This is what we'll be building...
- 140mm computer fan ($7.99, Cooler Master)
- latching push-button ($9.99, Yakamoz)
- female power-jack adaptor ($6.99, generic plug)
- 12 volt power supply ($7.99, generic power supply)
- 4 feet of 0.75" x 2.5" walnut wood ($3.85/ft, Home Depot)
- carbon filter pad ($7.99, generic filter)
- super glue (2 cents worth)
- 400-grit sand paper (3 cents worth)
- hand router (Ryobi Trim Router)
- epoxy (Tap Plastics: A-Side Resin 314 and B-Side Hardener 102)
- finishing nail gun (Ryobi Brad Nailer)
Cost: $45 (under budget!)
The project has two main parts: (1) building the wooden frame and (2) managing the wires we'll be storing away in the frame. I'll explain the wire connections in detail, and let the pictures do most of the talking when building the frame. Let's begin!
1. I don't have access to a CNC router, so I used a hand router to cut to a depth of 6mm, removing all but the front 13mm of wood. This creates a lip that our fan will be pressed up against from the inside of the frame. Cut the wood into lengths of 170mm at the longest part. 45 degree angles to make a frame shape.
2. Glue the parts together, wait 30 minutes until stable, then sink a few brad nails (slim nails without the customary flat heads) into the corners.
3. Cut 2 more pieces of wood at 170mm lengths, this time at 90 degrees. This will provide us our base. Glue these 2 pieces on top of one another. Wait until it drys - about 30 minutes for Elmer's Wood Glue. Here's what it looks like stacking the frame onto the base (don't glue the frame to the base just yet!)...
4. Using the hand router again, we need to create 3 holes.
- a hole on the right side for the push button to slip into
- a hole on the back for the female power plug to sink into
- a large cavity to store the body of the push-button and all wires
Then using a drill, make a small hole in the bottom of the frame to pass the fan's wires down to our large cavity in the base.
(not shown: hole in the back for power)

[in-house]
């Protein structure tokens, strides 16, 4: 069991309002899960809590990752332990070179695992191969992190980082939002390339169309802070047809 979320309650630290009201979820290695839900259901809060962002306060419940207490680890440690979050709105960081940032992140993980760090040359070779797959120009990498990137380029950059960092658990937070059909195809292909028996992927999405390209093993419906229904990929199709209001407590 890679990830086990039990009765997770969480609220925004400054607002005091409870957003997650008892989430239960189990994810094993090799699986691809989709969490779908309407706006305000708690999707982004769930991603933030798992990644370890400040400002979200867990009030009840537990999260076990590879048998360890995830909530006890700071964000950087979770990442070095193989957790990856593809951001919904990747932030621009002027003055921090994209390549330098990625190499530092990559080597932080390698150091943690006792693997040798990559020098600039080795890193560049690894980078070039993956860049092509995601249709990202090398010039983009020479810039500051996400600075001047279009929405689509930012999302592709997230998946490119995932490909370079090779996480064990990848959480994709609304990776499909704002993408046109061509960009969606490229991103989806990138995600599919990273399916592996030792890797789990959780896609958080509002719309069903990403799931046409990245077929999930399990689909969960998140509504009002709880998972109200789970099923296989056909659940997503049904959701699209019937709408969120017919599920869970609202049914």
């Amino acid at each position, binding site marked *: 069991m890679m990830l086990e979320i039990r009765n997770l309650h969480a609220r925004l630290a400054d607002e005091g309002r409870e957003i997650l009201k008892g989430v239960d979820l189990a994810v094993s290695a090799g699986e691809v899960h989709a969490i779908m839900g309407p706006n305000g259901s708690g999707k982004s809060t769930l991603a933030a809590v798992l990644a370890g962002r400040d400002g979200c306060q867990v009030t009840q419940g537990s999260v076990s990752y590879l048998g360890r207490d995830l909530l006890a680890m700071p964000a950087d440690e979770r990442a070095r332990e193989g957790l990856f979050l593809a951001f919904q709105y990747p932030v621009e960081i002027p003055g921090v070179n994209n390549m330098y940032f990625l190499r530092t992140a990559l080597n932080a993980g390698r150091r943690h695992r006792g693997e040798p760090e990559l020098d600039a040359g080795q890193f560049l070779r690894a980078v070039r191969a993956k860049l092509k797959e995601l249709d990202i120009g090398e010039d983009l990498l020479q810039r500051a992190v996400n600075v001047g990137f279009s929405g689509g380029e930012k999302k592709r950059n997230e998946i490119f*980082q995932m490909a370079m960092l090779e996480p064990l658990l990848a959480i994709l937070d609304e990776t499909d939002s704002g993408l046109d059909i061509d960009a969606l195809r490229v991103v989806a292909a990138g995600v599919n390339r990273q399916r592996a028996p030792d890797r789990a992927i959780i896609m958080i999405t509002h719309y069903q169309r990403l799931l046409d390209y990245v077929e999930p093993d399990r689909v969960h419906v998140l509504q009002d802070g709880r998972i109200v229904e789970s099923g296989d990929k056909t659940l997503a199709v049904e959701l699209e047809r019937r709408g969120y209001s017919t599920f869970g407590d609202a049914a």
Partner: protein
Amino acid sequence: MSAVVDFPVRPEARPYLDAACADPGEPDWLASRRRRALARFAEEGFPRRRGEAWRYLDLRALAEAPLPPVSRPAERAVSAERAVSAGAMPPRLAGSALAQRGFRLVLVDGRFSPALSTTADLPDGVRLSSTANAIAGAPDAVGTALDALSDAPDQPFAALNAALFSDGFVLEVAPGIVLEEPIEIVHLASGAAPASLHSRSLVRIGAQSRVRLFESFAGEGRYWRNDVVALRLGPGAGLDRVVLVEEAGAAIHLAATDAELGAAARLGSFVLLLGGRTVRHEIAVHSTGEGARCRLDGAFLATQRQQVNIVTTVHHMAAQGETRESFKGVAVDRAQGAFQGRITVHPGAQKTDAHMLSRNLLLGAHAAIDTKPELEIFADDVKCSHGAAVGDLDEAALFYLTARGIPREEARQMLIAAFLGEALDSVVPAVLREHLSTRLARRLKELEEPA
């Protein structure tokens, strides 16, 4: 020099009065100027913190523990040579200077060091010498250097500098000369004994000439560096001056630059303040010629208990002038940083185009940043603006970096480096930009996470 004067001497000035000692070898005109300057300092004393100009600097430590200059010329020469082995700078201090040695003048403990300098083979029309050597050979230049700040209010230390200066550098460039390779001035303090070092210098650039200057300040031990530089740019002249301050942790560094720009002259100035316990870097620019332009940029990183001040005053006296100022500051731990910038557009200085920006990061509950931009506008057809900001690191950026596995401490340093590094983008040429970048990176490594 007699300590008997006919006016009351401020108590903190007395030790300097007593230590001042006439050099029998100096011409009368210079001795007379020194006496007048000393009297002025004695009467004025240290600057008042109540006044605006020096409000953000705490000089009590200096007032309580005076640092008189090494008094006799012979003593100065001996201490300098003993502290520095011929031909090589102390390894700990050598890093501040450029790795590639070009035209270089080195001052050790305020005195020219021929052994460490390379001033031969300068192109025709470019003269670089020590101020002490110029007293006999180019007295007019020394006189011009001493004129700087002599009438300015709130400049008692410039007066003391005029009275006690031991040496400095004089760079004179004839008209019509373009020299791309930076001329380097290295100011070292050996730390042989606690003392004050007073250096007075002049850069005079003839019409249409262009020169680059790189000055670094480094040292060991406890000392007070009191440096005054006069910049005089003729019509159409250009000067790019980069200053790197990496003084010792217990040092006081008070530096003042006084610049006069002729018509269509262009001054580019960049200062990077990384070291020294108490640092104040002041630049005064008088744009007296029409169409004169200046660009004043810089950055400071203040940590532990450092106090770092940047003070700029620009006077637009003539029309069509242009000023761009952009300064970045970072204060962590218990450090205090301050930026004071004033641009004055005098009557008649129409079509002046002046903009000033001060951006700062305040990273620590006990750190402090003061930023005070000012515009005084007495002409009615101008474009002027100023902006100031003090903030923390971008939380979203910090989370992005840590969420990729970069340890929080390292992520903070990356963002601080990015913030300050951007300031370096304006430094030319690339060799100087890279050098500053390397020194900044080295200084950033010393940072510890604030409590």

5. Epoxy time! I use Tap Plastics for my wood projects. See the link above to their site for full instructions. Don't coat the bottom of the frame and the top of the base (we need them flat and flush later). And don't worry about coating all at once. As you can see, I didn't epoxy the inside walls of the frame on my 1st pass.
Finally, it's time to put the guts of our project together!
1. Mount the power cord and the push button into the base. Trim a LOT of that power cord off.
2. Attach the wired end cap that came with the push button. It looks like this blue piece...
3. Let's orient ourselves the same way, looking at the push button's end-cap of colored wires. There is a green wire on top, a middle row of red, then green, then black wires, and a bottom white wire. For the schematic, see this. We'll follow option 1, but the lettering is too faint on the actual device, so orient yourself by the colors...
4. The top, green wire is not used, so either tie it off or cut it off and tape the end.
5. Next we'll work on the center line of wires...
Red: this is the ground wire. Solder this to the ground wire (black) of your fan as well as the ground wire (also black) of your power adaptor. Make sure to snake your fan's wires through the frame's hole!
Green and Black: solder these 2 wires together, and solder them to the power (red) of your fan.
6. The bottom, white wire is input power. Solder it to the power (red) of your female power adaptor.
7. Run tape over the soldered ends and tuck your wires into the cavity.
Cut out a square of the carbon filter a few cm larger than the fan, itself. Place the filter in front of the fan, and gently push both in place. That's it! It'll be held in with tension alone!
Need to replace the filter? Just push the fan gently, and you have full access.
To seat the base and frame together, use the nail gun once more. Then do a 2nd pass with epoxy. If there are any raised bumps in your epoxy or other imperfections, you can...Read more »